Section chief of the US Federal Bureau of Investigation’s (FBI’s) Criminal Investigative Division, Steven D’Antuono, has highlighted to legislators the serious threat of trade-based money laundering (TBML).
D’Antuono listed TBML second in a list of eight money laundering typologies that the FBI is concerned about in a statement to the Senate banking, housing, and urban affairs committee.
In a statement entitled ‘Combating Money Laundering and Other Forms of Illicit Finance: Regulator and Law Enforcement Perspectives on Reform’, the section chief points out that as well as providing a means for criminals to move illicit funds, TBML also harms legitimate businesses.
“Transnational criminal organisations may dump imported goods purchased with criminal proceeds into the market at a discount just to expedite the money laundering process, putting legitimate merchants at a competitive disadvantage,” said D’Antuono.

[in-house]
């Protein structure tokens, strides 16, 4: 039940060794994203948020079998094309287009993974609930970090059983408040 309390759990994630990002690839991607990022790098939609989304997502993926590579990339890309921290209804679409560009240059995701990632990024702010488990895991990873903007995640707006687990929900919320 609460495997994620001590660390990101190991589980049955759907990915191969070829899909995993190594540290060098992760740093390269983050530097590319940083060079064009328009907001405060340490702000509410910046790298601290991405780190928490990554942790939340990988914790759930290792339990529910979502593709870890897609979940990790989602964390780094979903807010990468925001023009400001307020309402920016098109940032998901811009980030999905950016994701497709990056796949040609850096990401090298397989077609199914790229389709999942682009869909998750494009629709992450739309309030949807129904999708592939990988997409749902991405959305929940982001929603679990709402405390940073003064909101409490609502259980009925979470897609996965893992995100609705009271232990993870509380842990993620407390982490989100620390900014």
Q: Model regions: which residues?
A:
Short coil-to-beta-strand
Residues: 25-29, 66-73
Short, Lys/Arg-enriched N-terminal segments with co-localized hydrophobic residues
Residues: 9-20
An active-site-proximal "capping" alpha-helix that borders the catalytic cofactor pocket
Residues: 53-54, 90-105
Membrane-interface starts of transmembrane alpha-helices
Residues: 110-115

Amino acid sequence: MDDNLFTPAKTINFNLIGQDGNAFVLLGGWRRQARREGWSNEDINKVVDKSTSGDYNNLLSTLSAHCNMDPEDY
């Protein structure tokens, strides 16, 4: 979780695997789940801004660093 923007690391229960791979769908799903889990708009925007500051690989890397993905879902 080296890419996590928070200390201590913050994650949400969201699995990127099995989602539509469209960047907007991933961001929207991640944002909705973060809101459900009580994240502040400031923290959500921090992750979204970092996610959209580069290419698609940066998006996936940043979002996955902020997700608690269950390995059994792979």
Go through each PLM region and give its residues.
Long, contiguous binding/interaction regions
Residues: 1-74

“Drug trafficking organisations also use money brokers to facilitate TBML”, he added.
The UN Office on Drugs and Crimes estimates that annual illicit proceeds amount to more than US$2 trillion globally.
Proceeds of crime generated in the US were estimated at approximately US$300 billion in 2010, or about two per cent of the overall US economy at the time.
The full text of the statement entitled ‘Combating Money Laundering and Other Forms of Illicit Finance: Regulator and Law Enforcement Perspectives on Reform’ can be found here.
Categories: Trade Based Financial crimes News